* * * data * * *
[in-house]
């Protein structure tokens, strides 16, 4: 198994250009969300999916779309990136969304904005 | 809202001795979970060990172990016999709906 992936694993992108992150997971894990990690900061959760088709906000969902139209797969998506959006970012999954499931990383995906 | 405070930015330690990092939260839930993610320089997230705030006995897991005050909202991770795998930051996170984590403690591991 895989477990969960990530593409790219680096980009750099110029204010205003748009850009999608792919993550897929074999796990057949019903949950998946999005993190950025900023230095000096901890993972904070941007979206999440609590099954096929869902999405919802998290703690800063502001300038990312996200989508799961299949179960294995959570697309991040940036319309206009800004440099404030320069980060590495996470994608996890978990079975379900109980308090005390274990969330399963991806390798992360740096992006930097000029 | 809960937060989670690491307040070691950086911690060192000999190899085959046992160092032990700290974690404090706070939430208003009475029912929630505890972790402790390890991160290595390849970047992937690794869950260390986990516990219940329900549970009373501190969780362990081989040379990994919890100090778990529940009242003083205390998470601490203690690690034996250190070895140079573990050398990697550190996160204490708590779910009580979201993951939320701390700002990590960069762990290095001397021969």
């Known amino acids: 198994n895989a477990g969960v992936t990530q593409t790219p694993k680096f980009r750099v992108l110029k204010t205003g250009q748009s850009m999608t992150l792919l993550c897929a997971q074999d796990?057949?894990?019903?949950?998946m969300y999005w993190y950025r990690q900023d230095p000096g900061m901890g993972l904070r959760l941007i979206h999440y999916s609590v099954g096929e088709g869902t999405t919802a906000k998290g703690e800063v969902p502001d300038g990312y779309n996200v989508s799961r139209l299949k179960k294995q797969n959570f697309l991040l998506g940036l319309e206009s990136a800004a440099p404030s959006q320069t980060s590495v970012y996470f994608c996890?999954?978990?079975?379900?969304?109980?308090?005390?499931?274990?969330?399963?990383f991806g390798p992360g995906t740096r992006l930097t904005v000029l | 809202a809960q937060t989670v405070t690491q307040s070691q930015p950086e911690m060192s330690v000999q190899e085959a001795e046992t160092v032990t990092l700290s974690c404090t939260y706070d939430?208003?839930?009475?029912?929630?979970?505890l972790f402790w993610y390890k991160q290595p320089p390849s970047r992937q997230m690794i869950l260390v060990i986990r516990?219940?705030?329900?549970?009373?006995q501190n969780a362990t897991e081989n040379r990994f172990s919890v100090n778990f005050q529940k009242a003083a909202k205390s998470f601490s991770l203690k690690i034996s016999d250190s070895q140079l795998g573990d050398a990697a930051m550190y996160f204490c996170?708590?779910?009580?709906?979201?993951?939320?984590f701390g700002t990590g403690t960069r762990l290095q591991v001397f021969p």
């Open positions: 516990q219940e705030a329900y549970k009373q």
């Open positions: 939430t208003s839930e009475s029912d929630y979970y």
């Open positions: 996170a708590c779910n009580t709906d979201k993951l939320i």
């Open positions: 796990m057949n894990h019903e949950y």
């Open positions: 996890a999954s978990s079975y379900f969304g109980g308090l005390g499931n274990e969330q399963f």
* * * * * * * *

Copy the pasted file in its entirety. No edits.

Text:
[in-house]
């Protein structure tokens, strides 16, 4: 198994250009969300999916779309990136969304904005 | 809202001795979970060990172990016999709906 992936694993992108992150997971894990990690900061959760088709906000969902139209797969998506959006970012999954499931990383995906 | 405070930015330690990092939260839930993610320089997230705030006995897991005050909202991770795998930051996170984590403690591991 895989477990969960990530593409790219680096980009750099110029204010205003748009850009999608792919993550897929074999796990057949019903949950998946999005993190950025900023230095000096901890993972904070941007979206999440609590099954096929869902999405919802998290703690800063502001300038990312996200989508799961299949179960294995959570697309991040940036319309206009800004440099404030320069980060590495996470994608996890978990079975379900109980308090005390274990969330399963991806390798992360740096992006930097000029 | 809960937060989670690491307040070691950086911690060192000999190899085959046992160092032990700290974690404090706070939430208003009475029912929630505890972790402790390890991160290595390849970047992937690794869950260390986990516990219940329900549970009373501190969780362990081989040379990994919890100090778990529940009242003083205390998470601490203690690690034996250190070895140079573990050398990697550190996160204490708590779910009580979201993951939320701390700002990590960069762990290095001397021969």
């Known amino acids: 198994n895989a477990g969960v992936t990530q593409t790219p694993k680096f980009r750099v992108l110029k204010t205003g250009q748009s850009m999608t992150l792919l993550c897929a997971q074999d796990?057949?894990?019903?949950?998946m969300y999005w993190y950025r990690q900023d230095p000096g900061m901890g993972l904070r959760l941007i979206h999440y999916s609590v099954g096929e088709g869902t999405t919802a906000k998290g703690e800063v969902p502001d300038g990312y779309n996200v989508s799961r139209l299949k179960k294995q797969n959570f697309l991040l998506g940036l319309e206009s990136a800004a440099p404030s959006q320069t980060s590495v970012y996470f994608c996890?999954?978990?079975?379900?969304?109980?308090?005390?499931?274990?969330?399963?990383f991806g390798p992360g995906t740096r992006l930097t904005v000029l | 809202a809960q937060t989670v405070t690491q307040s070691q930015p950086e911690m060192s330690v000999q190899e085959a001795e046992t160092v032990t990092l700290s974690c404090t939260y706070d939430?208003?839930?009475?029912?929630?979970?505890l972790f402790w993610y390890k991160q290595p320089p390849s970047r992937q997230m690794i869950l260390v060990i986990r516990?219940?705030?329900?549970?009373?006995q501190n969780a362990t897991e081989n040379r990994f172990s919890v100090n778990f005050q529940k009242a003083a909202k205390s998470f601490s991770l203690k690690i034996s016999d250190s070895q140079l795998g573990d050398a990697a930051m550190y996160f204490c996170?708590?779910?009580?709906?979201?993951?939320?984590f701390g700002t990590g403690t960069r762990l290095q591991v001397f021969p």
């Open positions: 516990q219940e705030a329900y549970k009373q």
């Open positions: 939430t208003s839930e009475s029912d929630y979970y």
């Open positions: 996170a708590c779910n009580t709906d979201k993951l939320i």
């Open positions: 796990m057949n894990h019903e949950y």
């Open positions: 996890a999954s978990s079975y379900f969304g109980g308090l005390g499931n274990e969330q399963f």